When taking action in the service of achievement you’ll find most of what you do falls into one of three categories—motivation, strategy, or execution.
You must have a motivation, an aim, or a goal. Your motivation is your purpose for action. It’s also important to have a strategy for how you will achieve your motivation. Planning and setting phases for completion helps break up your big motivation into smaller, more attainable short-term objectives. And then—without which the other two are null and void—you have execution.
Action on Purpose
In his book, The Greatest Salesman in the World, Og Mandino reminds us that without action, “our dreams are worthless, our plans are dust, and our goals impossible”.
And to go a step further, I’d add that not only action, but action on purpose helps transform your dreams into reality. And action on purpose is known as execution.
Execution suggests you have a plan and that you’ve developed a strategy for following through on that plan. This is where most people fail…following through on the plan.
Have you ever had the perfect plan? Maybe it was the ideal plan for after college. Or perhaps you had the latest trending nutrition plan. Whatever it was—even if it’s dropping the kids off late for school—there was a breakdown in execution.
This could be due to an unclear or uncompelling motivation. Your strategy could be miscalculated or too complex. However, in most cases…no matter how weak or strong a motivation or how effective or useless a strategy…the breakdown happens at the level of execution.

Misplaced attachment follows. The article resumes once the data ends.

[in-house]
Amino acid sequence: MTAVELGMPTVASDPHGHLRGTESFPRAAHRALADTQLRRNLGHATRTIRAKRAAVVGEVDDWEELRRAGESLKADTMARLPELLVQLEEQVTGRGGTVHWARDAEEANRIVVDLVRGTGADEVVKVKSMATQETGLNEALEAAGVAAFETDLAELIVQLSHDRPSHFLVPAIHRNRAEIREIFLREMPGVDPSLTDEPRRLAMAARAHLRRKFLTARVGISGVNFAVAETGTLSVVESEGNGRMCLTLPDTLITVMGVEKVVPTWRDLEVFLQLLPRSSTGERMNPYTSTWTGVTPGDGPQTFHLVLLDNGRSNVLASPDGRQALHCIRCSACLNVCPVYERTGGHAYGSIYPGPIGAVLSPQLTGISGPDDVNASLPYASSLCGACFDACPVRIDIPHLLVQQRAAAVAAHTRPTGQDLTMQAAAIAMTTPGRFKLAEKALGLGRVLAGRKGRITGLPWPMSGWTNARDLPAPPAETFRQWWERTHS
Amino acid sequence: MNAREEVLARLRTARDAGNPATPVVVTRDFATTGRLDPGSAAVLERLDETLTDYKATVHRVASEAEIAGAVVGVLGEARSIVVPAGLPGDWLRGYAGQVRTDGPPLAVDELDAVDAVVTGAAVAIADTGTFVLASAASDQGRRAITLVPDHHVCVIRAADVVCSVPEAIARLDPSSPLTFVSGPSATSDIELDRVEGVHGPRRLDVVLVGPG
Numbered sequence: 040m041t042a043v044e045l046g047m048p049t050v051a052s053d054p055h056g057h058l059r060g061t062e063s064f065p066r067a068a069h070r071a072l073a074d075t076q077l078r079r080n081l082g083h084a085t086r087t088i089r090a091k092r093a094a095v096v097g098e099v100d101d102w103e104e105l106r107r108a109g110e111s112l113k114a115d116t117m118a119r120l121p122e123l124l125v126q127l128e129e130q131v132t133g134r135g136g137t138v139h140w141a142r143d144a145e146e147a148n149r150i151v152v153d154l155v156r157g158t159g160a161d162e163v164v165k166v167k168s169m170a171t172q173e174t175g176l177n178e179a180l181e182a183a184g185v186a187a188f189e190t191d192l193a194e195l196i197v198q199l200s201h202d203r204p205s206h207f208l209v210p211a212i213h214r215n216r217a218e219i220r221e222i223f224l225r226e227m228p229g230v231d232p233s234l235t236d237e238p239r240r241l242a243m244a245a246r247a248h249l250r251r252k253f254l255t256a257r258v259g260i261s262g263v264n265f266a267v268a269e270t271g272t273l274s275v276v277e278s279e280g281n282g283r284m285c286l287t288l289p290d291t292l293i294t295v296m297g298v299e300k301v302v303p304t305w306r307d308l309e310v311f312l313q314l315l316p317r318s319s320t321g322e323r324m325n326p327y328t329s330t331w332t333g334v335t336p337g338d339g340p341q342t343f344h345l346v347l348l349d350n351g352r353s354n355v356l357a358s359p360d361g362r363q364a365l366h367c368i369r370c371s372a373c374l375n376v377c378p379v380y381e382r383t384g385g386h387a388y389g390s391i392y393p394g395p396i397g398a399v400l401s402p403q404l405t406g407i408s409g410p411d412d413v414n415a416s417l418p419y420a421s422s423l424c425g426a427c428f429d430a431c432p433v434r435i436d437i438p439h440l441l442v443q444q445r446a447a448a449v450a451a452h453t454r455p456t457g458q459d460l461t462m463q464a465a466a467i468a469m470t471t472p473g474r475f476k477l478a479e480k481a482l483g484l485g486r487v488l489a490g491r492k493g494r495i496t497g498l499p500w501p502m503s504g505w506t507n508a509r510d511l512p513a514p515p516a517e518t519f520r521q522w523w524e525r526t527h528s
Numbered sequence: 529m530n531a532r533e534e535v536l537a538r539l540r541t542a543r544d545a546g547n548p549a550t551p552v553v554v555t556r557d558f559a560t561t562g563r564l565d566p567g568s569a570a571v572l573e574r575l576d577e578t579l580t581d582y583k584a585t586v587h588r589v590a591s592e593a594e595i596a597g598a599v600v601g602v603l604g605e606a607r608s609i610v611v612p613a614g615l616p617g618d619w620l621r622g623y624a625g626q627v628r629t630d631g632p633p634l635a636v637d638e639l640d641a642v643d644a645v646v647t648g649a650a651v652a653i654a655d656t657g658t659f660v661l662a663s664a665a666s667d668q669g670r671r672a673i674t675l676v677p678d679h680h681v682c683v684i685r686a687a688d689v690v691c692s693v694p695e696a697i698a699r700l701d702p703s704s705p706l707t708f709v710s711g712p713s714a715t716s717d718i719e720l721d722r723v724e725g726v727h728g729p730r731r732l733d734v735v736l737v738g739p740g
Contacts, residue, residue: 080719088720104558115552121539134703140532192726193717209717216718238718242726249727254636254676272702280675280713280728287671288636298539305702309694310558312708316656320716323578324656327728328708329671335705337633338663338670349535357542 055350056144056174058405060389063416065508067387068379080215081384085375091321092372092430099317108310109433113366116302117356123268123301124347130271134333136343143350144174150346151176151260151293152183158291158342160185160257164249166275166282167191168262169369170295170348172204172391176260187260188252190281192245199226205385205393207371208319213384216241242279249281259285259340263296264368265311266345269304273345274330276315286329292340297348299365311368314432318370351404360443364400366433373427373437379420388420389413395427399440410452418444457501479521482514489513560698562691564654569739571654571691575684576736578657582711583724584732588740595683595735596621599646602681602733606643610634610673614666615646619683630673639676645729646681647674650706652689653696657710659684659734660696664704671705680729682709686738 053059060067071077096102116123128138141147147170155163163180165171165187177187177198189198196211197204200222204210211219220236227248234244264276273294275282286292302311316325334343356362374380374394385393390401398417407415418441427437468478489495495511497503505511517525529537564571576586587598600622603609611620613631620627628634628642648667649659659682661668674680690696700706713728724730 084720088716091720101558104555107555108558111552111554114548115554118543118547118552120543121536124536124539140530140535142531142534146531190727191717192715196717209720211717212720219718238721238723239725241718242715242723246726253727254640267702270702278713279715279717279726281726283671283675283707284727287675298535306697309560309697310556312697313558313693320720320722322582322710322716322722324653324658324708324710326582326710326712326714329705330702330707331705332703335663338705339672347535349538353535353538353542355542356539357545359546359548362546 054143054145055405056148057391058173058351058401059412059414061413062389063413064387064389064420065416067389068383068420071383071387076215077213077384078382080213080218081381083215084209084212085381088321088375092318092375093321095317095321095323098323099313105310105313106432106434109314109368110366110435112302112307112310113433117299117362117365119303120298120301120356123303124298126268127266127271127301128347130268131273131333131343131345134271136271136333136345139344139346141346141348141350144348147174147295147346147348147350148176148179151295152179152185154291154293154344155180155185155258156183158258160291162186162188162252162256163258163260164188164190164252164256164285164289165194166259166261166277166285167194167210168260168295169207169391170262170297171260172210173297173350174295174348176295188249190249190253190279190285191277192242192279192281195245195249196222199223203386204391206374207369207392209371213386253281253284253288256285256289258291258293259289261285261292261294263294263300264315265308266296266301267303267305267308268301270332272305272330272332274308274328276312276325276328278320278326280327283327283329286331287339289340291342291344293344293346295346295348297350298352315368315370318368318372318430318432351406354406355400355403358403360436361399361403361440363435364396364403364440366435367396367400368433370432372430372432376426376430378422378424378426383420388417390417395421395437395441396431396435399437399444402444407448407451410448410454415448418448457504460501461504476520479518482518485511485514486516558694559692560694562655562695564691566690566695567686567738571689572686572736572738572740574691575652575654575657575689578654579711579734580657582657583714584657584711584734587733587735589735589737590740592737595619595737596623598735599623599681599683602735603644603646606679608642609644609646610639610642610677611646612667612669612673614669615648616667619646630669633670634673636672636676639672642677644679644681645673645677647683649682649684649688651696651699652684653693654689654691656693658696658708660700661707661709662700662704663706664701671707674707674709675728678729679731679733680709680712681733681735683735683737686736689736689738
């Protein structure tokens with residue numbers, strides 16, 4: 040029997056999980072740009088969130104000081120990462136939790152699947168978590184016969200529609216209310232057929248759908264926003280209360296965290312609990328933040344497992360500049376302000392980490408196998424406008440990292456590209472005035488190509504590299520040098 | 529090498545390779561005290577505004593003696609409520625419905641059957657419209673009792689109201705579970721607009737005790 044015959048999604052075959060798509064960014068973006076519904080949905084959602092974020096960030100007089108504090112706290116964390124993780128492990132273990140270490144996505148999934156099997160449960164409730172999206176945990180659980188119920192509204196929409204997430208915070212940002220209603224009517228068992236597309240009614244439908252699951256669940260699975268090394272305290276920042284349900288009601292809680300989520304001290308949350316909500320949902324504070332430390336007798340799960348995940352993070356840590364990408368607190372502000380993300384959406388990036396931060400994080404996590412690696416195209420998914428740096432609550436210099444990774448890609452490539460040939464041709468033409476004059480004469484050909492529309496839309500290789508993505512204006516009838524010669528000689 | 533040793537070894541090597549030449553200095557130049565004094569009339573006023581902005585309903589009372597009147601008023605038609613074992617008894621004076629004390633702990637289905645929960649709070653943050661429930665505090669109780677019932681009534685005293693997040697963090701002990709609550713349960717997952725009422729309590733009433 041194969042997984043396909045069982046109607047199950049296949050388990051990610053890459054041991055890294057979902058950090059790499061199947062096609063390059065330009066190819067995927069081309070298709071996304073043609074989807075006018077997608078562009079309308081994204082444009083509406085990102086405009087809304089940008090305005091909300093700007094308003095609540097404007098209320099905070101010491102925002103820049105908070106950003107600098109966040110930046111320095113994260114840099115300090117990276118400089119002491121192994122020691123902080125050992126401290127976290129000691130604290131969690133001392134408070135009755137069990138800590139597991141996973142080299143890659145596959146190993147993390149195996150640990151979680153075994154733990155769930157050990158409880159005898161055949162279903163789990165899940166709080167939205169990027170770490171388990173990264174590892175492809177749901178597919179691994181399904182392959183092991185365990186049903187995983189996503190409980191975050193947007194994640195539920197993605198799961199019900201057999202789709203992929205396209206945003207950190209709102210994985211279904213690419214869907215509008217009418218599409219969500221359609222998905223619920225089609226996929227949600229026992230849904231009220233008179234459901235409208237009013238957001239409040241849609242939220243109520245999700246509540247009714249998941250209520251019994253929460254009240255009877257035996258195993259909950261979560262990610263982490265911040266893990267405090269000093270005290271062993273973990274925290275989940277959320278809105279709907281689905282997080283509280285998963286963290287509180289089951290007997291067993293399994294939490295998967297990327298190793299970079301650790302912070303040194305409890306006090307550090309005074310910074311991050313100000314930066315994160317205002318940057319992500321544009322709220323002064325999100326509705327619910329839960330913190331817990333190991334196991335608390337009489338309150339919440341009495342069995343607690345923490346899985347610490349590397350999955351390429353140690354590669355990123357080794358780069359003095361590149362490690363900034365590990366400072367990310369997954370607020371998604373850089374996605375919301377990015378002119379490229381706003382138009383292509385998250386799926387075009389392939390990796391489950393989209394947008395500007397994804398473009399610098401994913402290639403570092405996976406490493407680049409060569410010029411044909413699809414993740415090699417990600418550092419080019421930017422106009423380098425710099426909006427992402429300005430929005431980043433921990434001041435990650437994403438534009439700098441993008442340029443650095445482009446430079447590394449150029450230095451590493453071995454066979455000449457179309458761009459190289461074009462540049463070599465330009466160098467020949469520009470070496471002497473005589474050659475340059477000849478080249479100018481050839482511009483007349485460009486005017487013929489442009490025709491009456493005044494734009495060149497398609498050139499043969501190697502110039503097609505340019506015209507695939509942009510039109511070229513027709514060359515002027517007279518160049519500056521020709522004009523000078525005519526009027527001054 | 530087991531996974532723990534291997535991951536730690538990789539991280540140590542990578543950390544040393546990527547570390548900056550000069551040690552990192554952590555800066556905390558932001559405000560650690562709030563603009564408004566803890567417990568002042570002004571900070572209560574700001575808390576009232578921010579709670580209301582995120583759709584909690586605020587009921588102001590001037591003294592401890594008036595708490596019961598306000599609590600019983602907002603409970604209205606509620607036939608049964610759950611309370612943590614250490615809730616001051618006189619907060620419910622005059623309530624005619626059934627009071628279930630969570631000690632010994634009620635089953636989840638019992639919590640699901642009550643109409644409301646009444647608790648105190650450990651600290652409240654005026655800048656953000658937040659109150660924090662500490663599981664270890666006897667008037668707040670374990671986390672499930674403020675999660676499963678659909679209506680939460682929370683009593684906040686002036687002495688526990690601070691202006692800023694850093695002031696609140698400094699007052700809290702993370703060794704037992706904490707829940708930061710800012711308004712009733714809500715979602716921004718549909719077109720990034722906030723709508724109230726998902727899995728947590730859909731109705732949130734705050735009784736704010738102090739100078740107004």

There are two reasons or underlying factors for this: discipline and accountability, or lack thereof.
Discipline is one’s responsibility to their self and, more important, how they act according to that responsibility. Discipline can be learned from a variety of places, but it can only be practiced from within. While you can always become more disciplined, discipline is like a consumable resource that can diminish in strength over the course of a day, week, month, or even year…
When you get tired or hungry, your discipline wanes. Contiguous nights of little or poor sleep can chronically impoverish your discipline. And anything that imposes ineffective stress on your body and mind like arguments, travel, junk lighting, unknown allergen ingestion, interruption of your routine, and much more can all grind the gears of your discipline one stress input at a time.
So, considering that discipline is a critical factor to execution but its capacity can dwindle…how will you ever stay the course of your strategy and execute on your motivations? The answer: accountability.
Accountability is a system of sub-factors that serve to help you stay disciplined. A friend, a family heirloom, a note or contract to yourself, a public post about a goal you’ve set for yourself, a picture on the biggest wall in your home, your family, and/or anything that can punch you in the face with a reminder that you’re committed to a future motivation all serve as accountability factors.
Choosing people to hold you accountable is no short order. The rule is to ask people who you’d absolutely HATE to let down. You may not even know some of these people very well at first, but it’s important you respect and perhaps even have an admiration for them. This is precisely why top performers retain the services of coaches–accountability, among other things.
Remember, without execution your motivations and strategies are shit.
You must harness the power of your discipline and set up a network of accountability and you’ll be able to do what must be done in order to get more of what you want!
So there it is, the execution formula: